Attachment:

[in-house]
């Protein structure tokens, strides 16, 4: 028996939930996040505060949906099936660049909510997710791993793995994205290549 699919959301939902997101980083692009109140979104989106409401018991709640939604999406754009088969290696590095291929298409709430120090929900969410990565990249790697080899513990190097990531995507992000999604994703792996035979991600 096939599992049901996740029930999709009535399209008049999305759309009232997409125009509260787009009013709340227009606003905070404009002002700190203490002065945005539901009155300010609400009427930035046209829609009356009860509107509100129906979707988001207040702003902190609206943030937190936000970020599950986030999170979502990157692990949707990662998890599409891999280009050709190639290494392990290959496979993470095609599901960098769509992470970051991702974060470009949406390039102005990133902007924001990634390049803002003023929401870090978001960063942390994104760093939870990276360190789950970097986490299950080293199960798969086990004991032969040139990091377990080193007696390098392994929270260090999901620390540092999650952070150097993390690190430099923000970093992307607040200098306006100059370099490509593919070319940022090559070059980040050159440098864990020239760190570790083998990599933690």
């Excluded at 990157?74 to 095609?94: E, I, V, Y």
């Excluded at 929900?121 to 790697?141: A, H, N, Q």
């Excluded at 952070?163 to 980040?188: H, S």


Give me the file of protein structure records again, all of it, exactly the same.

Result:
[in-house]
């Protein structure tokens, strides 16, 4: 028996939930996040505060949906099936660049909510997710791993793995994205290549 699919959301939902997101980083692009109140979104989106409401018991709640939604999406754009088969290696590095291929298409709430120090929900969410990565990249790697080899513990190097990531995507992000999604994703792996035979991600 096939599992049901996740029930999709009535399209008049999305759309009232997409125009509260787009009013709340227009606003905070404009002002700190203490002065945005539901009155300010609400009427930035046209829609009356009860509107509100129906979707988001207040702003902190609206943030937190936000970020599950986030999170979502990157692990949707990662998890599409891999280009050709190639290494392990290959496979993470095609599901960098769509992470970051991702974060470009949406390039102005990133902007924001990634390049803002003023929401870090978001960063942390994104760093939870990276360190789950970097986490299950080293199960798969086990004991032969040139990091377990080193007696390098392994929270260090999901620390540092999650952070150097993390690190430099923000970093992307607040200098306006100059370099490509593919070319940022090559070059980040050159440098864990020239760190570790083998990599933690």
């Excluded at 990157?74 to 095609?94: E, I, V, Y």
């Excluded at 929900?121 to 790697?141: A, H, N, Q």
């Excluded at 952070?163 to 980040?188: H, S």